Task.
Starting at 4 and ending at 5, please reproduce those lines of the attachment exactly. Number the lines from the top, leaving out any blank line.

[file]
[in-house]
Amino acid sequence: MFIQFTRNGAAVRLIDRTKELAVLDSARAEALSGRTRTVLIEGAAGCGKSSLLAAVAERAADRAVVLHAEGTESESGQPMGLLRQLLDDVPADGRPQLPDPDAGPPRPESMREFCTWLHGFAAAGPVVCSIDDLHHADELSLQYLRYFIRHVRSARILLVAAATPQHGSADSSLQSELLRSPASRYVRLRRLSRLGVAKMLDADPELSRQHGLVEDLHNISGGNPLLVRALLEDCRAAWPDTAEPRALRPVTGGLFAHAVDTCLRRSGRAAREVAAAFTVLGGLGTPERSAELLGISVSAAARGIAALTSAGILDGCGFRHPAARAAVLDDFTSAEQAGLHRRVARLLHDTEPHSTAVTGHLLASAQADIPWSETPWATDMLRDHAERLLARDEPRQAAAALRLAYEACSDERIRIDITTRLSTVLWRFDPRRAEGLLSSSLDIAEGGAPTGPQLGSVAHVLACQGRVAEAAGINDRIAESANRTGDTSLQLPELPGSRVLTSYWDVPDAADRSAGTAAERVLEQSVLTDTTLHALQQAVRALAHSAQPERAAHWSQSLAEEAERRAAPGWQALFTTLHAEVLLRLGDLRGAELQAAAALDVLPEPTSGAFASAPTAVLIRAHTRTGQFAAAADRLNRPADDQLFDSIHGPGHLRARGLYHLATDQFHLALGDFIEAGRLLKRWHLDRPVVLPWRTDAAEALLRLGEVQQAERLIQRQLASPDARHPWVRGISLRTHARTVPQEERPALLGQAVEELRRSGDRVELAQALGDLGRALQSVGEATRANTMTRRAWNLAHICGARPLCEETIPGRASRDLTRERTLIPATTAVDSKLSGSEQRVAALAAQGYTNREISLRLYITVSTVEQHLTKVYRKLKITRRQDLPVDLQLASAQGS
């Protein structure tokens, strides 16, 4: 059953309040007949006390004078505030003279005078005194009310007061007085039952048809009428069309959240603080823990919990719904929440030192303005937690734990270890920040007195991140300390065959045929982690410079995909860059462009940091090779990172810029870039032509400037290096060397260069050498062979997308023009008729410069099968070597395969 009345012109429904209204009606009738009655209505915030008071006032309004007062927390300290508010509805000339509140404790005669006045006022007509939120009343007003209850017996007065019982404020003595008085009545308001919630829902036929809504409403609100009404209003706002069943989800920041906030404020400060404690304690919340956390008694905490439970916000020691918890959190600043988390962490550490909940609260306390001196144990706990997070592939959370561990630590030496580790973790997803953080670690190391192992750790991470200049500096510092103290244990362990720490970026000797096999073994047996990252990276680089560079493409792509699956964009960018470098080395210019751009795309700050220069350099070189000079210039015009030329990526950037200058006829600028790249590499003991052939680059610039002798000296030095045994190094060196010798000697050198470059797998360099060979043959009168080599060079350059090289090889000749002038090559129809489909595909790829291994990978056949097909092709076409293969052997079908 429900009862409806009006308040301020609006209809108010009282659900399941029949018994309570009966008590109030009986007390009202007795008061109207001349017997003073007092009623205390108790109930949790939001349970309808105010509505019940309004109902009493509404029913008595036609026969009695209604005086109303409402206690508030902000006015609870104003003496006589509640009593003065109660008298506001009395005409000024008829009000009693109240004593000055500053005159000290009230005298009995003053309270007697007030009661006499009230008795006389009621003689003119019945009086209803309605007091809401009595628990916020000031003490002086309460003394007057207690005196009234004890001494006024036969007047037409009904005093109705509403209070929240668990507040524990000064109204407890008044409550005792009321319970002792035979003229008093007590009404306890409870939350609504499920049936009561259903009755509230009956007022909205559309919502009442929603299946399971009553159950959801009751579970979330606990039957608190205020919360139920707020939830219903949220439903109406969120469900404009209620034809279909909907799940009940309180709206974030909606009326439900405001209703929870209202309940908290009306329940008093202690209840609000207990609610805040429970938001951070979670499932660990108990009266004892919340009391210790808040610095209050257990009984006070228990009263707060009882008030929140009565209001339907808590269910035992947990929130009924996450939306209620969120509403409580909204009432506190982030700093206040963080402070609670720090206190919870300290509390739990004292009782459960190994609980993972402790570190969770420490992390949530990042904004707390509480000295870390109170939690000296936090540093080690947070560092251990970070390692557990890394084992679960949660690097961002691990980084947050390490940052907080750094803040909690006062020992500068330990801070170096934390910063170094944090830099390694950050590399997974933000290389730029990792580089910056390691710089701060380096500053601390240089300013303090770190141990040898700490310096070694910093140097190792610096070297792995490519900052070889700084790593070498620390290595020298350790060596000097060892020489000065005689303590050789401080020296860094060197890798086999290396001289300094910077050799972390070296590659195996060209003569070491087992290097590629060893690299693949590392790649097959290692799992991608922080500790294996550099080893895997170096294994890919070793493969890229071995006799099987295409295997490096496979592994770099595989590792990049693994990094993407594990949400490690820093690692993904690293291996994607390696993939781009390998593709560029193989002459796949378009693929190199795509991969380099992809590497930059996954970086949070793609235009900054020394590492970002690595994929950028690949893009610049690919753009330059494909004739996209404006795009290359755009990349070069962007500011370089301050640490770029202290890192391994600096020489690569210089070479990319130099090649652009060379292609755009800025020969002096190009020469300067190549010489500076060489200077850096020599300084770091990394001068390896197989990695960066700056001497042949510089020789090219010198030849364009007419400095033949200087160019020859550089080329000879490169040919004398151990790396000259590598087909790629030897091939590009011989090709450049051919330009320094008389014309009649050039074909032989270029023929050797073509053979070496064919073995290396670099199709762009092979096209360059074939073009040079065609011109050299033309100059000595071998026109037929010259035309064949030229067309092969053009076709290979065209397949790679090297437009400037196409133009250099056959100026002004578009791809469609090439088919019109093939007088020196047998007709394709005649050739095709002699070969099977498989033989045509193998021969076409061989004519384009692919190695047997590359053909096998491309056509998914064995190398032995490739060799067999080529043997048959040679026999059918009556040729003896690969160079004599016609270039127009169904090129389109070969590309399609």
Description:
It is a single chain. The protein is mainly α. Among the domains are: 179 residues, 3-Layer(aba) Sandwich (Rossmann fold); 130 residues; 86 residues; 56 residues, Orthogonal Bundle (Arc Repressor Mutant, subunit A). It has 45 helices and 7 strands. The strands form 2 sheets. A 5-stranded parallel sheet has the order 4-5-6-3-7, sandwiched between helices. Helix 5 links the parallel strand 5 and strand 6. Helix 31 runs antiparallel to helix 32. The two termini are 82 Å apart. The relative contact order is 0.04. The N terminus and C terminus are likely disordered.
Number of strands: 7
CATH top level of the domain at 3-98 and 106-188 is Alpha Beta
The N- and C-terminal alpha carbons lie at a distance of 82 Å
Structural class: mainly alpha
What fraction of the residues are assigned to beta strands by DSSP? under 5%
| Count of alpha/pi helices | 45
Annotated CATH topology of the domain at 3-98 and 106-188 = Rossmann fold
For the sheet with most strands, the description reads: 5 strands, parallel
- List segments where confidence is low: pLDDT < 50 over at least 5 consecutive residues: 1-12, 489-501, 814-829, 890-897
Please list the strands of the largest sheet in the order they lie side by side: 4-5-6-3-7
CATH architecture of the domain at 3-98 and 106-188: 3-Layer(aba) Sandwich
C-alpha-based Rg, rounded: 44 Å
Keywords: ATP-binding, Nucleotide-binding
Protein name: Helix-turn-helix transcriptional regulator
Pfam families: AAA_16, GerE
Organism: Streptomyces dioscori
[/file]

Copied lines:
Description:
It is a single chain. The protein is mainly α. Among the domains are: 179 residues, 3-Layer(aba) Sandwich (Rossmann fold); 130 residues; 86 residues; 56 residues, Orthogonal Bundle (Arc Repressor Mutant, subunit A). It has 45 helices and 7 strands. The strands form 2 sheets. A 5-stranded parallel sheet has the order 4-5-6-3-7, sandwiched between helices. Helix 5 links the parallel strand 5 and strand 6. Helix 31 runs antiparallel to helix 32. The two termini are 82 Å apart. The relative contact order is 0.04. The N terminus and C terminus are likely disordered.